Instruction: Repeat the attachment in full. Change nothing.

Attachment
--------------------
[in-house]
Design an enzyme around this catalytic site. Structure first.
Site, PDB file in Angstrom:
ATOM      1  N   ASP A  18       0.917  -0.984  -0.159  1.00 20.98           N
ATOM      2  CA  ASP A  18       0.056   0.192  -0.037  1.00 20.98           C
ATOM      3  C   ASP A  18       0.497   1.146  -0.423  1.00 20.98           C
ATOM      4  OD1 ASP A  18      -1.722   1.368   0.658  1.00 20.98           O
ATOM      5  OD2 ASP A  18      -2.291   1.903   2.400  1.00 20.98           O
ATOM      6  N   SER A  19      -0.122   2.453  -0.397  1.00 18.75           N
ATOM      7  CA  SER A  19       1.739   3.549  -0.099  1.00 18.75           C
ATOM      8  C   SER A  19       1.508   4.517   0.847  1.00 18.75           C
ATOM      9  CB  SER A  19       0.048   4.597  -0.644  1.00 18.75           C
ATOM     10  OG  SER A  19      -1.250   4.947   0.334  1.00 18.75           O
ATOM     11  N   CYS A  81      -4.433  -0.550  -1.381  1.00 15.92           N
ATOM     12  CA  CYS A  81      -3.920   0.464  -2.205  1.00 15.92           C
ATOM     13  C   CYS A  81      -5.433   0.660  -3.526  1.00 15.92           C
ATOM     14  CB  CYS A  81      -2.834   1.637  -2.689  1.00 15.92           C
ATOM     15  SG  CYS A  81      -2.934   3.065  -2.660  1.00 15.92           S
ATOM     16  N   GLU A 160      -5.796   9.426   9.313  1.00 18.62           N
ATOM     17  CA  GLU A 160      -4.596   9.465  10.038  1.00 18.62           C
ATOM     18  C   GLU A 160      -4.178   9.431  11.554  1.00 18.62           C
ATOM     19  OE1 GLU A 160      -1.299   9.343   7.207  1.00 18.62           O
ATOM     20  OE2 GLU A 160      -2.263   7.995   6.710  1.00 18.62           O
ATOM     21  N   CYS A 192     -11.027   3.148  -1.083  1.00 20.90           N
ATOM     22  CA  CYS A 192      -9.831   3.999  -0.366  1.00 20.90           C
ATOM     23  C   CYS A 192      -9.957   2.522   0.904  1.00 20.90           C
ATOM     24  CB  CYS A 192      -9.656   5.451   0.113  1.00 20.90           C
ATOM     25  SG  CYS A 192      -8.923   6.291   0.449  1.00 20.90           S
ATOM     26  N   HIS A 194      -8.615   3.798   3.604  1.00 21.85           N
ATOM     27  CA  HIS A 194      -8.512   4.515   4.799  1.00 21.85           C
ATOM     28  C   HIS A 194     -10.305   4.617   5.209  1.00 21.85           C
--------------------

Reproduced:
[in-house]
Design an enzyme around this catalytic site. Structure first.
Site, PDB file in Angstrom:
ATOM      1  N   ASP A  18       0.917  -0.984  -0.159  1.00 20.98           N
ATOM      2  CA  ASP A  18       0.056   0.192  -0.037  1.00 20.98           C
ATOM      3  C   ASP A  18       0.497   1.146  -0.423  1.00 20.98           C
ATOM      4  OD1 ASP A  18      -1.722   1.368   0.658  1.00 20.98           O
ATOM      5  OD2 ASP A  18      -2.291   1.903   2.400  1.00 20.98           O
ATOM      6  N   SER A  19      -0.122   2.453  -0.397  1.00 18.75           N
ATOM      7  CA  SER A  19       1.739   3.549  -0.099  1.00 18.75           C
ATOM      8  C   SER A  19       1.508   4.517   0.847  1.00 18.75           C
ATOM      9  CB  SER A  19       0.048   4.597  -0.644  1.00 18.75           C
ATOM     10  OG  SER A  19      -1.250   4.947   0.334  1.00 18.75           O
ATOM     11  N   CYS A  81      -4.433  -0.550  -1.381  1.00 15.92           N
ATOM     12  CA  CYS A  81      -3.920   0.464  -2.205  1.00 15.92           C
ATOM     13  C   CYS A  81      -5.433   0.660  -3.526  1.00 15.92           C
ATOM     14  CB  CYS A  81      -2.834   1.637  -2.689  1.00 15.92           C
ATOM     15  SG  CYS A  81      -2.934   3.065  -2.660  1.00 15.92           S
ATOM     16  N   GLU A 160      -5.796   9.426   9.313  1.00 18.62           N
ATOM     17  CA  GLU A 160      -4.596   9.465  10.038  1.00 18.62           C
ATOM     18  C   GLU A 160      -4.178   9.431  11.554  1.00 18.62           C
ATOM     19  OE1 GLU A 160      -1.299   9.343   7.207  1.00 18.62           O
ATOM     20  OE2 GLU A 160      -2.263   7.995   6.710  1.00 18.62           O
ATOM     21  N   CYS A 192     -11.027   3.148  -1.083  1.00 20.90           N
ATOM     22  CA  CYS A 192      -9.831   3.999  -0.366  1.00 20.90           C
ATOM     23  C   CYS A 192      -9.957   2.522   0.904  1.00 20.90           C
ATOM     24  CB  CYS A 192      -9.656   5.451   0.113  1.00 20.90           C
ATOM     25  SG  CYS A 192      -8.923   6.291   0.449  1.00 20.90           S
ATOM     26  N   HIS A 194      -8.615   3.798   3.604  1.00 21.85           N
ATOM     27  CA  HIS A 194      -8.512   4.515   4.799  1.00 21.85           C
ATOM     28  C   HIS A 194     -10.305   4.617   5.209  1.00 21.85           C